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**Earth and space science**

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In this interactive, online activity, students practice estimation skills as they begin to explore the Hubble Deep Field image. Students first give a rough estimate of the number of objects in the image. They then use representative sampling... (View More) techniques to improve upon their original estimates. Finally, they use their estimates to calculate the number of galaxies in the universe. Students can work through the activity independently or in groups. Detailed teacher pages, identified as Teaching Tips on the title page of the activity, provide science background information, lesson plan ideas, related resources, and alignment with national education standards. This activity is part of the online exploration "The Hubble Deep Field Academy" that is available on the Amazing Space website. (View Less)

This story can be used to teach that results must be checked against known facts to see if they're reasonable. It is designed as a follow up to "The Fall of the Ruler." This resource is from PUMAS - Practical Uses of Math and Science - a collection... (View More) of brief examples created by scientists and engineers showing how math and science topics taught in K-12 classes have real world applications. (View Less)

This article explores how statistics can be interpreted in different ways to yield different conclusions. It describes the outcome and discussion of two class activities. In the first, the results are interpreted to "show" that taking a group rather... (View More) than an individual perspective is ultimately beneficial to the individual. In the second, a variation is added "showing" that telling the truth is better that lying. This resource is from PUMAS - Practical Uses of Math and Science - a collection of brief examples created by scientists and engineers showing how math and science topics taught in K-12 classes have real world applications. (View Less)

This example explains how contour mapping teaches both estimation and spatial visualization skills. To have experience visualizing 3-dimensional fields from a 2-dimensional map helps students throughout their mathematical career. This resource is... (View More) from PUMAS - Practical Uses of Math and Science - a collection of brief examples created by scientists and engineers showing how math and science topics taught in K-12 classes have real world applications. (View Less)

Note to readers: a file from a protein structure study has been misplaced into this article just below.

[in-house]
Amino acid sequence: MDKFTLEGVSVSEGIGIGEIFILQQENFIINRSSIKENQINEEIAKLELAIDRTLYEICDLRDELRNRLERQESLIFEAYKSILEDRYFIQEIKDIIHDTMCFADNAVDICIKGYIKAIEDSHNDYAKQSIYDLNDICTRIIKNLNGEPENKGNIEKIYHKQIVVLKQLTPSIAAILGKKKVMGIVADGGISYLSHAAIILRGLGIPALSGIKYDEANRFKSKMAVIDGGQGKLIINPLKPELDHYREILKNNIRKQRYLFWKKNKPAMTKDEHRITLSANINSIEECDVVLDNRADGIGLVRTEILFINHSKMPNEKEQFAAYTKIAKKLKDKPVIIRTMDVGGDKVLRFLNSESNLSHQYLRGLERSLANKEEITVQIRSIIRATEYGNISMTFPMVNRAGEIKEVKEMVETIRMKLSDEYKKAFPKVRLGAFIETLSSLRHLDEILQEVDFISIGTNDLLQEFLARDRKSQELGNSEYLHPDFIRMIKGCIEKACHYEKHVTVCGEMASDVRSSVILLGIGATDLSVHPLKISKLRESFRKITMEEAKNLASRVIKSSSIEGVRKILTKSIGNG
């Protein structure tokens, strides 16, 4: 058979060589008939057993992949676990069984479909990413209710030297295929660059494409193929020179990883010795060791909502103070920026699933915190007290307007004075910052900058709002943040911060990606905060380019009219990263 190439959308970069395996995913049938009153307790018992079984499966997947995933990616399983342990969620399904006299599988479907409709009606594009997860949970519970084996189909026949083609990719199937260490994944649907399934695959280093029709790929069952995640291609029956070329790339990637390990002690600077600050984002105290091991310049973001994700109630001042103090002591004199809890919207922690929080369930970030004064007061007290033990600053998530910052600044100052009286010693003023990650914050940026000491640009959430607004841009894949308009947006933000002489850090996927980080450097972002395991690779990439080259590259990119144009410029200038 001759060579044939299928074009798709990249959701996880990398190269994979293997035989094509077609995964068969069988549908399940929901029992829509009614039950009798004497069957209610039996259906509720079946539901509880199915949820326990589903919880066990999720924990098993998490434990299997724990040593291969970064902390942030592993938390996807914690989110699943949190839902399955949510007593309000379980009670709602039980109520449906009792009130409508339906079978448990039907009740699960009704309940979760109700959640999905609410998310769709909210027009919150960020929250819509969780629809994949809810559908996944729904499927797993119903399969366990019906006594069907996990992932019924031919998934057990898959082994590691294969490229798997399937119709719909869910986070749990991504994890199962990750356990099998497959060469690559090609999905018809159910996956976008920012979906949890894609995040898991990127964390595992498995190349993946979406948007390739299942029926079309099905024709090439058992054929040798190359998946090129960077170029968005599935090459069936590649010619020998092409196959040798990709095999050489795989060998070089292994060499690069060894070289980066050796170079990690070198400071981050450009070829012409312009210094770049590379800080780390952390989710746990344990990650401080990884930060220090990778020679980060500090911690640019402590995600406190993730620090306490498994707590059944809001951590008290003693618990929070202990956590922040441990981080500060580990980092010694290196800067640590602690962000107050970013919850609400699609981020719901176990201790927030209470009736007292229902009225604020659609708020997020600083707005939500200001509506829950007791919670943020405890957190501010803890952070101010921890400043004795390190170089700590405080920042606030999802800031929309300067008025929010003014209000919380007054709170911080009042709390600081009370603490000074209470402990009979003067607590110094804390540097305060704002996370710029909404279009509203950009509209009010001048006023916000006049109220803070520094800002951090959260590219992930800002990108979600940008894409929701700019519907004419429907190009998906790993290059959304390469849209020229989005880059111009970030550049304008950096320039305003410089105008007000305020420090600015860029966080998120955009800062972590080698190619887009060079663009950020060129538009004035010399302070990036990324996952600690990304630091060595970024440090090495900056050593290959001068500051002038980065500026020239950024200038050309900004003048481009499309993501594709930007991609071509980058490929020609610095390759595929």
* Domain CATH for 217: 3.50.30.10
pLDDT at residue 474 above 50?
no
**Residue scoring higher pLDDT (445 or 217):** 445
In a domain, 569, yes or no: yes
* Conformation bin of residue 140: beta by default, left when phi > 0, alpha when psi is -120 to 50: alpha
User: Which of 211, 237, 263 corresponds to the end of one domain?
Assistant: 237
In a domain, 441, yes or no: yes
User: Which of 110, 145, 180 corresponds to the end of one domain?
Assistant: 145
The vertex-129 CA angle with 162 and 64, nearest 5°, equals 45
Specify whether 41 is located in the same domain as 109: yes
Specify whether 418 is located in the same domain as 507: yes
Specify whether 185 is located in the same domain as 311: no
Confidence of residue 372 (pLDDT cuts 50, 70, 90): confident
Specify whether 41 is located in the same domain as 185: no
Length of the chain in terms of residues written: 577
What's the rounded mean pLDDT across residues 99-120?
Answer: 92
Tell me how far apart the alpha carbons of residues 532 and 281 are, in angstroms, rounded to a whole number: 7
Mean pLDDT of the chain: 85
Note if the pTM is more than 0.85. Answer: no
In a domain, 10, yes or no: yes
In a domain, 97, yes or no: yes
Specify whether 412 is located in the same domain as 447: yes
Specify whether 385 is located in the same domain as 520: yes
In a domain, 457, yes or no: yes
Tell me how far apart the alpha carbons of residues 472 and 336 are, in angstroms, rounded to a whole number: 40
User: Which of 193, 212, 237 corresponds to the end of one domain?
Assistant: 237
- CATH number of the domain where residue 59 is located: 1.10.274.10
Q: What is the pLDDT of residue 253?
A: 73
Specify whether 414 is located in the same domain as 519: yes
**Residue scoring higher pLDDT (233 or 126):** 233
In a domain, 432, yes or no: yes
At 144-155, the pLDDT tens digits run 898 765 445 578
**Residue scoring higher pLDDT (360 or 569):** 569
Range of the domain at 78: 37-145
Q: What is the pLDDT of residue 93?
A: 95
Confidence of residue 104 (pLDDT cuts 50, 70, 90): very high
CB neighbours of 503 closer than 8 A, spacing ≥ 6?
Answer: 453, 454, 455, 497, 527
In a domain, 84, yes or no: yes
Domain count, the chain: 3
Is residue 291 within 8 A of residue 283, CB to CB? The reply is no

Logarithms are very handy when dealing with numbers at different scales but they are also useful helping us average measurements of physical phenomena that have nonlinear behavior. In this example, students learn about cloud albedo and calculating... (View More) cloud optical depth. This resource is from PUMAS - Practical Uses of Math and Science - a collection of brief examples created by scientists and engineers showing how math and science topics taught in K-12 classes have real world applications. (View Less)

Learners will measure the diameter of a solar flare by making calculations using transparency grids overlaid on images of the Sun. This is the third activity in the lesson "How Does HESSI Take a Picture?" **NOTE: The HESSI mission was renamed... (View More) RRHESSI (Reuven Ramaty High Energy Solar Spectroscope Imager)** after Dr. Reuven Ramaty, who was the original Co-Investigator for this NASA mission, and was a pioneer in the fields of solar physics, gamma-ray astronomy, nuclear astrophysics, and cosmic rays. (View Less)

In this activity, students learn about the advantages of the metric system, by comparing the ease of calculation and conversion between the English and metric systems of measurement. This resource is from PUMAS - Practical Uses of Math and Science -... (View More) a collection of brief examples created by scientists and engineers showing how math and science topics taught in K-12 classes have real world applications. (View Less)

This math example explains what celestial objects a person can see with the unaided eye from the vantage points of Earth and Mars, using simple math, algebra and astronomical distance information. This resource is from PUMAS - Practical Uses of Math... (View More) and Science - a collection of brief examples created by scientists and engineers showing how math and science topics taught in K-12 classes have real world applications. (View Less)

In this example, students learn how to read a topographic map and understand map contours. This resource is from PUMAS - Practical Uses of Math and Science - a collection of brief examples created by scientists and engineers showing how math and... (View More) science topics taught in K-12 classes have real world applications. (View Less)

This is an activity about seasonal variations in day length. Learners will graph the number of daylight hours in each month in cities around the world and compare results. They will also gain an understanding of the meaning of the term equinox... (View More) through review of the graphed data. This is Activity 6 in the Great Explorations in Math and Science (GEMS) guide titled Real Reasons for Seasons: Sun-Earth Connections. The resource guide is available for purchase from the Lawrence Hall of Science. This activity requires use of an overhead projector and colored transparency pens. (View Less)